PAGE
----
375 Seasons & Mental Health

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Research by Slaunwhite, Amanda. K., Ronis, S. T., Peters P. A., & Miller, David. (2018).

Written by Shannon Cantalupo, B.S. 

Studies show that the season of the year often affects our mental health. But do seasons affect all age groups equally? Researchers investigated just that!

Alaskan and Canadian researchers used admission records from the New Brunswick Hospital Discharge Database.  They examined whether there was a trend of seasonal mental-health related hospitalizations comparing children, adolescents, and adults between 2004 and 2014. These researchers reviewed over 41,000 patient records.

Researchers found a general increase in mental-health-related hospital admissions for children and adolescents between 2004 and 2014. For both children and adolescents, peak admissions occurred during February with lows during the summer. The winter increase is likely due to academic pressures to achieve. And, school staff more likely interact and identify mental health issues, and make referrals during the school year.

The peak admissions for adults, in contrast, occurred in April-May with lows in December. When the weather warms, there are also more social opportunities with increased social pressures. This may exacerbate mental health issues for adults.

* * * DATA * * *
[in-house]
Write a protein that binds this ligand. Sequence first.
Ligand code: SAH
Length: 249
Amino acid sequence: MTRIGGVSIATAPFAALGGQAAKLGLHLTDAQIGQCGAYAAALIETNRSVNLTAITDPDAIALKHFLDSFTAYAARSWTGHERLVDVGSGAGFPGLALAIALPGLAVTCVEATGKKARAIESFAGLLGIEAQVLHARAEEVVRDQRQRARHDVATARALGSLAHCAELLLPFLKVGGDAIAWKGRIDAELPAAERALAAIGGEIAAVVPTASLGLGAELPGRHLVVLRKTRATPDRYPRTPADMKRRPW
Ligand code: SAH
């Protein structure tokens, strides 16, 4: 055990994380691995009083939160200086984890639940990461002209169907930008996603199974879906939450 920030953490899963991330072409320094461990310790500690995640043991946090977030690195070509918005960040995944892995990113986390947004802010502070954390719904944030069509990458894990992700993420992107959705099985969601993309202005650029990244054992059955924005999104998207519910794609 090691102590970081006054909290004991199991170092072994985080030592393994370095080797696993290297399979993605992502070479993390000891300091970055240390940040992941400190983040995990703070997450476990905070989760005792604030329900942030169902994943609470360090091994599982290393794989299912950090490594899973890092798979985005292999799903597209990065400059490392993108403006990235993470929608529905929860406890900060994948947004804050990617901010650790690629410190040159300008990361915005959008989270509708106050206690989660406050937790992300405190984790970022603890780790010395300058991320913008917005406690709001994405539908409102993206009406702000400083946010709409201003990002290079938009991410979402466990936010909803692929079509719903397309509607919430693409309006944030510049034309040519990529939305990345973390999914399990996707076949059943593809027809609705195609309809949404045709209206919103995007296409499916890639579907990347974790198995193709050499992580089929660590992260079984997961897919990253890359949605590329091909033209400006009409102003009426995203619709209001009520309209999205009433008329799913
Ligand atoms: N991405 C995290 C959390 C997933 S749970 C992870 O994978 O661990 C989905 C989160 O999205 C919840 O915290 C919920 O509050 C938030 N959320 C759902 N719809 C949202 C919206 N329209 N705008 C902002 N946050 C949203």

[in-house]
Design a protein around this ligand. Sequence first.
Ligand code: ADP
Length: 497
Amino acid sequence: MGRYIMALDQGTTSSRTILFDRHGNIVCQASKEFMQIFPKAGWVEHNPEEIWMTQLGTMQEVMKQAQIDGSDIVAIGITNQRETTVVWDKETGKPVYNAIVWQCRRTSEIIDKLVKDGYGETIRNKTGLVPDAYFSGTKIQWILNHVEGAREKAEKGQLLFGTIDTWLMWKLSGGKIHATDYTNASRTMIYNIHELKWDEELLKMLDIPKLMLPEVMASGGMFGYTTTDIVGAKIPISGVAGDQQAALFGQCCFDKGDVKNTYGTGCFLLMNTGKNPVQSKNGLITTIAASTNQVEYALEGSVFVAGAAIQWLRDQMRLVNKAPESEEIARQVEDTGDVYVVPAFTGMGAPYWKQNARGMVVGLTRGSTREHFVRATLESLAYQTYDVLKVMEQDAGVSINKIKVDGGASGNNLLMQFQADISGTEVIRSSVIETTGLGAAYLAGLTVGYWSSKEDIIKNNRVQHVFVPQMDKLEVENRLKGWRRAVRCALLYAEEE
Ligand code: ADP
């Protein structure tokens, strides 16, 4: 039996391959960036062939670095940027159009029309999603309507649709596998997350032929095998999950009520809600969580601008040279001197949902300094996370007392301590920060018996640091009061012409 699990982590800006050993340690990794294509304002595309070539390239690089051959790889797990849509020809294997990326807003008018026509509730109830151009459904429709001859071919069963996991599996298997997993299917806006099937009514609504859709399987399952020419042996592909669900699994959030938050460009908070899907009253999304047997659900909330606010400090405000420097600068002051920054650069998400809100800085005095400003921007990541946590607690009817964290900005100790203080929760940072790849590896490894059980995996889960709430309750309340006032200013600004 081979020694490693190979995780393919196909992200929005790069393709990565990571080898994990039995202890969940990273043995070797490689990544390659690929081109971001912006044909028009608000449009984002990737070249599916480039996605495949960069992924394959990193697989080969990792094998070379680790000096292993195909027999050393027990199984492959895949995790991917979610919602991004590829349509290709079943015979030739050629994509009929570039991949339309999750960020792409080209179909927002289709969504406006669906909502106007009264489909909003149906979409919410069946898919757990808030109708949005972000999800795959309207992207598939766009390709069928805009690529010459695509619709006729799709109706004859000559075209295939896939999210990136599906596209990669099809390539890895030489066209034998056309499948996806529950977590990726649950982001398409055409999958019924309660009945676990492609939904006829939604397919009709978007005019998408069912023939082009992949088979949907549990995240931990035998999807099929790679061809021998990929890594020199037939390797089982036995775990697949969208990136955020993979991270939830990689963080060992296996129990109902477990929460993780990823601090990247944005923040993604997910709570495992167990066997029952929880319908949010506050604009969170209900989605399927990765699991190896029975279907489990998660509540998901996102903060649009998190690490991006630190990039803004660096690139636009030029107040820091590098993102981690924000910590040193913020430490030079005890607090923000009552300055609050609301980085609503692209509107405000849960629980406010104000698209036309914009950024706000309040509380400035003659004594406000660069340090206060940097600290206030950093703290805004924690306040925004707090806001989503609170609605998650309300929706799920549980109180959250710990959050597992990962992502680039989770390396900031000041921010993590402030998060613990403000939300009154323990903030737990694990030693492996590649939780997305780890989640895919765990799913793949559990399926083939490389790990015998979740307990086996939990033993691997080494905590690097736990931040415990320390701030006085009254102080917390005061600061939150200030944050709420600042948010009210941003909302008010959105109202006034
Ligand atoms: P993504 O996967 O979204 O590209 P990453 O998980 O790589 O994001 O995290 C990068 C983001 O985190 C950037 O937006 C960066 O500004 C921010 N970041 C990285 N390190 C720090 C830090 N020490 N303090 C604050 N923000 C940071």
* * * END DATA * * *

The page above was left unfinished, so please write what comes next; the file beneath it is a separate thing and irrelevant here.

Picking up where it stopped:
These findings support identifying complex factors that influence mental health problems and psychiatric admissions. This suggests: help youth by decreasing academic stressors.

Reference:

Slaunwhite, A. K., Ronis, S. T., Peters P. A., & Miller, D. (2018). Seasonal variations in psychiatric admissions to hospital. Canadian Psychology/ Psychologie Canadienne, 1 – 11

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About Author

Adele Hall is the administrative assistant for the School of Psychology in charge of uploading the Psychology Science minutes. The authors of the minutes are listed in the written portion. The Psychology Science Minutes are coordinated by Juanita N. Baker, Ph.D., faculty emerita, and reviewed by former Dean Mary Beth Kenkel, faculty emerita.

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